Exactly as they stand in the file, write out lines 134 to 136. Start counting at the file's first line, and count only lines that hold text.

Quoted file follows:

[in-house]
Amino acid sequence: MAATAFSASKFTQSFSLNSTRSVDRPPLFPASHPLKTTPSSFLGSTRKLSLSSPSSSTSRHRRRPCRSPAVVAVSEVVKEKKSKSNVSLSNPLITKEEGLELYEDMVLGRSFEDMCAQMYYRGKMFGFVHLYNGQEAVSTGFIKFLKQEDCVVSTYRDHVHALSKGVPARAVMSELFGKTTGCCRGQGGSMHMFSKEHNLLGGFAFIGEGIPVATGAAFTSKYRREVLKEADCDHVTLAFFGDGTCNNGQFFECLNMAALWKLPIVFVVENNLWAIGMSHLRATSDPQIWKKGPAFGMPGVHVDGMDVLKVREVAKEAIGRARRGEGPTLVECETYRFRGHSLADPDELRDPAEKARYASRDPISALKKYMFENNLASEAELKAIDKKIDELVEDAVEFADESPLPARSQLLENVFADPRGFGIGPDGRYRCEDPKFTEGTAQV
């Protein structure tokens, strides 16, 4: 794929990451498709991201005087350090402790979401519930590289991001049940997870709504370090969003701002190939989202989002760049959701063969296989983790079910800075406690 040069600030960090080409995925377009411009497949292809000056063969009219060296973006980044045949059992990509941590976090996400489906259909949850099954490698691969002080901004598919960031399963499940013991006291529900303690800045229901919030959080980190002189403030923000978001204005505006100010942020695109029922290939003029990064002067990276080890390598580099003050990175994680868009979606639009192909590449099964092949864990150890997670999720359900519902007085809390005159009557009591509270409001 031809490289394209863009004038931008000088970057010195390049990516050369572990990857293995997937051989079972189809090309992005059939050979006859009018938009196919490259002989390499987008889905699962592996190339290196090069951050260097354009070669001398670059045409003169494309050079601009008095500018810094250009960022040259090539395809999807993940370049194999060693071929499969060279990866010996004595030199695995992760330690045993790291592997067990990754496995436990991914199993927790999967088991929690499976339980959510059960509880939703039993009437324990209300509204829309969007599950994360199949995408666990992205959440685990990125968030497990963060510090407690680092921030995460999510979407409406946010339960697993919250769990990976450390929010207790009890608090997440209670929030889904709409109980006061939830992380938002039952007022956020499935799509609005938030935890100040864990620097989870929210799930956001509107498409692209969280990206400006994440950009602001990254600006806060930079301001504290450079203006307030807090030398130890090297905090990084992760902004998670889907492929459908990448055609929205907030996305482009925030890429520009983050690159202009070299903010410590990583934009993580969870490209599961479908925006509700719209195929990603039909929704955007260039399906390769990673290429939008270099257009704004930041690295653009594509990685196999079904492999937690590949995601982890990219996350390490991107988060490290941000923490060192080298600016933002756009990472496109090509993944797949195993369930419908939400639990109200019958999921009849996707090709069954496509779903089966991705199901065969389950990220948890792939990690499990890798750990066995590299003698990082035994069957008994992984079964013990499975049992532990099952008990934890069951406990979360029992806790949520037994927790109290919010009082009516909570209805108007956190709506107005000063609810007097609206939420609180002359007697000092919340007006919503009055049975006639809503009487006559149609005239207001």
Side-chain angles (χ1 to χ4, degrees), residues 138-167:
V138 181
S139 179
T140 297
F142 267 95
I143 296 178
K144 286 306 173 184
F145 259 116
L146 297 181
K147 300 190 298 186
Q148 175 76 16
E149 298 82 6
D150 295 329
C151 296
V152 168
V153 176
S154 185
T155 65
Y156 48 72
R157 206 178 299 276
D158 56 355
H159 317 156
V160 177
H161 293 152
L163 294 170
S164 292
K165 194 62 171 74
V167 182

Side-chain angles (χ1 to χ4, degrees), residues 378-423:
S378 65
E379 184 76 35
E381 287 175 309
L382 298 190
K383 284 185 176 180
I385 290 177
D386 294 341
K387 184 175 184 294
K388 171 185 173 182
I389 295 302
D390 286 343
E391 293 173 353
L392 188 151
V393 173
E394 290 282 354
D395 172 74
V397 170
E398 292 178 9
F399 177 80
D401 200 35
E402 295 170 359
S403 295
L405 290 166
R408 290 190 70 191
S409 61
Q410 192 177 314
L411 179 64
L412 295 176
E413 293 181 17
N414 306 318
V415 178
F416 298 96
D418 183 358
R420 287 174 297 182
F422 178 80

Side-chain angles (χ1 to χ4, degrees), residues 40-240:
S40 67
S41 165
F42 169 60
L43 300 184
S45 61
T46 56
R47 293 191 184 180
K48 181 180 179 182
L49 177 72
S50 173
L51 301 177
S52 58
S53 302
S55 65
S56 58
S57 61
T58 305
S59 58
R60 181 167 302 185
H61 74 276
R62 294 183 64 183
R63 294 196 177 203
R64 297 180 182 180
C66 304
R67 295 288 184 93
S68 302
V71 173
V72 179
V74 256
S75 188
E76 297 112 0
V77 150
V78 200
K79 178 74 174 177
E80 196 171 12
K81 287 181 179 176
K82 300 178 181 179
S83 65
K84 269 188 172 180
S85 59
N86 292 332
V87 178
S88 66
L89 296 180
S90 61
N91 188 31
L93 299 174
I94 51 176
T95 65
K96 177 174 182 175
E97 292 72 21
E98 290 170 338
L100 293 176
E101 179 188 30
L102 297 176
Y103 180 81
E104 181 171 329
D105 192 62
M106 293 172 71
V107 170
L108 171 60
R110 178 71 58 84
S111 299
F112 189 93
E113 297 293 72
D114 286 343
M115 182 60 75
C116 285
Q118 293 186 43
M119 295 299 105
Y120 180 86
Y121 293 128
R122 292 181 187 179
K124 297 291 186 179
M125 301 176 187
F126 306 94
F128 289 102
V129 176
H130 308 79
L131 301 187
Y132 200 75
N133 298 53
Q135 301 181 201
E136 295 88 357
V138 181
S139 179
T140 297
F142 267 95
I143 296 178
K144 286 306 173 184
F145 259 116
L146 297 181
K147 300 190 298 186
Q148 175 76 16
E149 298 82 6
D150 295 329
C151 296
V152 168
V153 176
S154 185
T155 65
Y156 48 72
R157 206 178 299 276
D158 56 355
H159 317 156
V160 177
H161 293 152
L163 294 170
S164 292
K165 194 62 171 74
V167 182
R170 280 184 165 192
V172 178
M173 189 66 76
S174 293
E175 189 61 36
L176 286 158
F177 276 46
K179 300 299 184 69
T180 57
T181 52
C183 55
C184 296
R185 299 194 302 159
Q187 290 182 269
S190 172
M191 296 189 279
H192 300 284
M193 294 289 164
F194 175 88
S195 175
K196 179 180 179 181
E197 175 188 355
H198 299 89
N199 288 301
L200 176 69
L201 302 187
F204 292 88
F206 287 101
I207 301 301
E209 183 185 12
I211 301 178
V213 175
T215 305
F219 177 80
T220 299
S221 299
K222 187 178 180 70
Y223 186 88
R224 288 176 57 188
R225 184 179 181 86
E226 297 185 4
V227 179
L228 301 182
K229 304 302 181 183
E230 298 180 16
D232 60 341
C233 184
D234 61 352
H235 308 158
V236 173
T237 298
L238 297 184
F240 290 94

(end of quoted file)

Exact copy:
D114 286 343
M115 182 60 75
C116 285